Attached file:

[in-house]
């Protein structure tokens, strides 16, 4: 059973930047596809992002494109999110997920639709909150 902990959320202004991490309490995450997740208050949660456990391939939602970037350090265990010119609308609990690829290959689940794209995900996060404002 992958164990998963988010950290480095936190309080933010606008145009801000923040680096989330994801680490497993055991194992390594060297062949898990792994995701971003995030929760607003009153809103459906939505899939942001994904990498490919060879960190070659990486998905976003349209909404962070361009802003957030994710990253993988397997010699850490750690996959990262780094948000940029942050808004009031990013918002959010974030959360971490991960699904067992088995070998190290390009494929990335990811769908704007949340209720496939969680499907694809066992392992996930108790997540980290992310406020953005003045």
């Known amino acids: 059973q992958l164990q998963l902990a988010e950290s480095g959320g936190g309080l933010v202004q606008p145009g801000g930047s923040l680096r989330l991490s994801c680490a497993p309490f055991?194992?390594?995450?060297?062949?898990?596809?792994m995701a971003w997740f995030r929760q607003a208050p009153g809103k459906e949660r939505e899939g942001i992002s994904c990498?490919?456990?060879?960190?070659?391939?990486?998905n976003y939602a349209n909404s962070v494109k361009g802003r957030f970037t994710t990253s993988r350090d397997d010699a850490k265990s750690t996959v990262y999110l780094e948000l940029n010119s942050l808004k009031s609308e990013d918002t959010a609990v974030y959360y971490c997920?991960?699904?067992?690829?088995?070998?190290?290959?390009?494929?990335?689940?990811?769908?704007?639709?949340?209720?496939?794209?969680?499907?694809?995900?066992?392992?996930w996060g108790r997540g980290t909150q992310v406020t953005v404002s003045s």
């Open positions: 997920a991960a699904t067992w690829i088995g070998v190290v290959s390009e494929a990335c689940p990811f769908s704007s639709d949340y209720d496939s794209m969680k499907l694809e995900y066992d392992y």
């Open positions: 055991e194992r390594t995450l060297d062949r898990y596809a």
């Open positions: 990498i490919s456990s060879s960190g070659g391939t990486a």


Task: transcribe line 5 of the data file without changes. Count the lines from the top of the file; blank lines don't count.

């Open positions: 055991e194992r390594t995450l060297d062949r898990y596809a």